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Sebi chairman warns against leveraged derivatives

BS Reporter  |  Mumbai 

Securities and Exchange Board of India (Sebi) chairman C B Bhave on Tuesday criticised market intermediaries that devise innovative products, saying they were nothing but ways to conceal high leverage.

C B Bhave"Because leverage is risky and because regulators tend to control leverage, market intermediaries are continuously trying to devise ways to increase leverage,” Bhave said at a financial seminar organised by the Symbiosis Institute of Business Management.

Bhave's comment come soon after the Reserve Bank of India (RBI) recently expressed concerns about complex structured products like synthetic securitisation and credit derivatives.

The RBI had said such products would be permitted only after studying the experience abroad and the risk management capabilities of the Indian system.

Addressing the student community, Bhave said leveraged derivatives might help mint money when the going is good, but the downside could be tremendous if the bet goes wrong. “If you are big and if you have excessive leverage and if you come down, then you will bring the whole system down,” he added. He highlighted the fact that “major US banks were carrying a leverage of 30 to 40 times” when they succumbed to the global economic downturn.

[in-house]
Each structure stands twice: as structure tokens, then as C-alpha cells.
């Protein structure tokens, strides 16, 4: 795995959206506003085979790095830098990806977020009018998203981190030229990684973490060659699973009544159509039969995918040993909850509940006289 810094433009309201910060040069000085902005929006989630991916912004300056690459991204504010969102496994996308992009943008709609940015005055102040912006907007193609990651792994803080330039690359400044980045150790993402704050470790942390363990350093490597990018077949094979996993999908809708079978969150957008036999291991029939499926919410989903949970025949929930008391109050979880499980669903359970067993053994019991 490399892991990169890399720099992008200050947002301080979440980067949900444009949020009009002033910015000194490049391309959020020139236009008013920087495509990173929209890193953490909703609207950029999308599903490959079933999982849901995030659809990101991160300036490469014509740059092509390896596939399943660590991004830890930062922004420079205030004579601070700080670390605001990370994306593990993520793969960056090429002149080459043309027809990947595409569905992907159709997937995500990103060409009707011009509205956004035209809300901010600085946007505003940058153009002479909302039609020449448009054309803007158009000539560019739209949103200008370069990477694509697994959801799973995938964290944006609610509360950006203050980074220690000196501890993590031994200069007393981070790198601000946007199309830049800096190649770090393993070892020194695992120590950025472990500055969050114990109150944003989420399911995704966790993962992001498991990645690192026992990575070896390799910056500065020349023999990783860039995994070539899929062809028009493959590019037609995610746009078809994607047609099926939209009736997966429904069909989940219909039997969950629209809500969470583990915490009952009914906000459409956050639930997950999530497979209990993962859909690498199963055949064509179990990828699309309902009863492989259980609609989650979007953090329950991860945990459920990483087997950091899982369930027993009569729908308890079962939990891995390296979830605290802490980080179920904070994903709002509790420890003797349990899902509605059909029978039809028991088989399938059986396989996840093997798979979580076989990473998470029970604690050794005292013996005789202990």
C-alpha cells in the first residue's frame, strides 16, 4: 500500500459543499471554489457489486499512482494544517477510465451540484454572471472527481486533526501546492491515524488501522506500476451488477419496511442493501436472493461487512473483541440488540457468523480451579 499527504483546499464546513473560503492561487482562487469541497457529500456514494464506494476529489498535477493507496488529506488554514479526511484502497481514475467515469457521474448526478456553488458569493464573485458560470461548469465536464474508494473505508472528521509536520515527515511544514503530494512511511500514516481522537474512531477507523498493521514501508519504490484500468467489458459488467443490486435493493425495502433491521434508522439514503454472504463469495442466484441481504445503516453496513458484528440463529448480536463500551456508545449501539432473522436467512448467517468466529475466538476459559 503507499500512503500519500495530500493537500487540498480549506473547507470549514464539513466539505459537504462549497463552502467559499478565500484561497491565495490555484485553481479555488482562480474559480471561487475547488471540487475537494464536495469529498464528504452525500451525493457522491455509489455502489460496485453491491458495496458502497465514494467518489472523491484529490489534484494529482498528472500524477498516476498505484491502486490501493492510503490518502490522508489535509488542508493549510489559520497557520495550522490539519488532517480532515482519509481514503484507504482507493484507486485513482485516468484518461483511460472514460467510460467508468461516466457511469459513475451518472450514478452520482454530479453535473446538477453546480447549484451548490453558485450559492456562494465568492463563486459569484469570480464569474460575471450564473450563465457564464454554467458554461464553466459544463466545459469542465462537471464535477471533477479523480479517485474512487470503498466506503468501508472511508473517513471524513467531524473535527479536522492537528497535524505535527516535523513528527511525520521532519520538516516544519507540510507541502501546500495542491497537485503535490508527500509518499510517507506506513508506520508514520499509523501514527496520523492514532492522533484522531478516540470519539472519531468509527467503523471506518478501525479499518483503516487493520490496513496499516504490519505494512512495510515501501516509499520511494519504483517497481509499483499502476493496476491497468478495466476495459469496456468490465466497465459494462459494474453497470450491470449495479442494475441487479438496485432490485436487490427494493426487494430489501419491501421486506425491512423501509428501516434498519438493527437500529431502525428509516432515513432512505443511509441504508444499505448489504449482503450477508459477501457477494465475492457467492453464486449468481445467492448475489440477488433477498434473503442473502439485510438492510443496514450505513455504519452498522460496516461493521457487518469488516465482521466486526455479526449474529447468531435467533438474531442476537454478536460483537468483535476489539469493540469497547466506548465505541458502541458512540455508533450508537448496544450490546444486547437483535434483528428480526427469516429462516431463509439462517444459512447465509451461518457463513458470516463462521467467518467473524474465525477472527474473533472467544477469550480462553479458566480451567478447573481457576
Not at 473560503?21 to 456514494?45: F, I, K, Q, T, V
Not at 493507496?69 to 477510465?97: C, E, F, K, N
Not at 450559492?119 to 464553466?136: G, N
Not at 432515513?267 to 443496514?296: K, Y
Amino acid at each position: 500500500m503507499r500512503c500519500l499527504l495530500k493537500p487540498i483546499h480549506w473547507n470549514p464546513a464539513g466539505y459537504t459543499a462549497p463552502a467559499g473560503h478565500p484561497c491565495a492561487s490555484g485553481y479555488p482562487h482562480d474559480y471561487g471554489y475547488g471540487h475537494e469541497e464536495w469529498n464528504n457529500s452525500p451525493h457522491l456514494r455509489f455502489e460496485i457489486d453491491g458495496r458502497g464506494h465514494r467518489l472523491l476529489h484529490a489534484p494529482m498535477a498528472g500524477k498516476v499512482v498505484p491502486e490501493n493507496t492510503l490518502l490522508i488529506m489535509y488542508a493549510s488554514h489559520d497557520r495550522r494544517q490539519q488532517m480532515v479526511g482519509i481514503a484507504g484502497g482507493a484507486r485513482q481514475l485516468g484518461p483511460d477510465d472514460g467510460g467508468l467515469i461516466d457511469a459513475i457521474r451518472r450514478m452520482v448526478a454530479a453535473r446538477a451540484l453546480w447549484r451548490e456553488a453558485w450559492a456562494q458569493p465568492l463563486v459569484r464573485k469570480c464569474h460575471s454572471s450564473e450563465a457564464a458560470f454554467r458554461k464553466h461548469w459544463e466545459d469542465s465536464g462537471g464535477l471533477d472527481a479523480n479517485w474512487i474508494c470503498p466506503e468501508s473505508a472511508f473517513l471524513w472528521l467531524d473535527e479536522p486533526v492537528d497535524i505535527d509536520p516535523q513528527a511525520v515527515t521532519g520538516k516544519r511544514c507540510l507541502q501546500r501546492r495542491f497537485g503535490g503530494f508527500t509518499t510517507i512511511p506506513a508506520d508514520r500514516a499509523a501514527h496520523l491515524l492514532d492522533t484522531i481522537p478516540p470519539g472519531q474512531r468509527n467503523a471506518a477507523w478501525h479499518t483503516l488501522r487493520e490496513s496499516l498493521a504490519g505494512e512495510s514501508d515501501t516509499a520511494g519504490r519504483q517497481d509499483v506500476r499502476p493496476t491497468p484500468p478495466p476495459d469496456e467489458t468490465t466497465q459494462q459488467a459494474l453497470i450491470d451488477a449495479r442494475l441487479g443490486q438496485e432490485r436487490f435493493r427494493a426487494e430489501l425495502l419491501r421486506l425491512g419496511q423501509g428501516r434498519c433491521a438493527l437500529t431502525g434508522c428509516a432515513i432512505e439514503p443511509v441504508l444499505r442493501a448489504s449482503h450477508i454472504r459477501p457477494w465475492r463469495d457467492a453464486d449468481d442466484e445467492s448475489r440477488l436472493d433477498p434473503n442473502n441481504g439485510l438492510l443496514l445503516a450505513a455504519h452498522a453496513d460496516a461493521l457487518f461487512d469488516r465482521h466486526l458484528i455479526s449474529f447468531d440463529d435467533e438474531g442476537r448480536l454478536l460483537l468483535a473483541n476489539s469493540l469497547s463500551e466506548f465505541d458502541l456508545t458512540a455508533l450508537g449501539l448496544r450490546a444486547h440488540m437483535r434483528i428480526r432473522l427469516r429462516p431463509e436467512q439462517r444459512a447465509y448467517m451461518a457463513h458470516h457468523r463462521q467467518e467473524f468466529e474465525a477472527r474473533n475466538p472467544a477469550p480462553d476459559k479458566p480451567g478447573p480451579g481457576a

“The temptation to leverage is tremendous and that is why it is difficult to observe discipline,” he said, adding that “when the day of reckoning comes, only those who do not have excessive leverage are the ones to survive.”

Leveraged derivative products were the downfall of many of the world's largest financial institutions in the US, precipitated a worldwide debt crisis and economic slowdown. Bear Sterns and Lehman Brothers have been wiped off the global financial arena and entities like Merrill Lynch and AIG survived only because of the massive bailout packages from the US government. Several Indian companies also built up exposures to complex forex derivatives products and made heavy losses after the Lehman Brothers crisis.

In India, some popular structured products include Nifty-linked debentures, debt-linked notes, daily range accrual notes, look-backs and Maxof structures. The size of structured products market in India is roughly $2 billion.

Experts said such products, which are growing in popularity, are mainly targeted at high net worth individuals.

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First Published: Wed, February 03 2010. 00:47 IST
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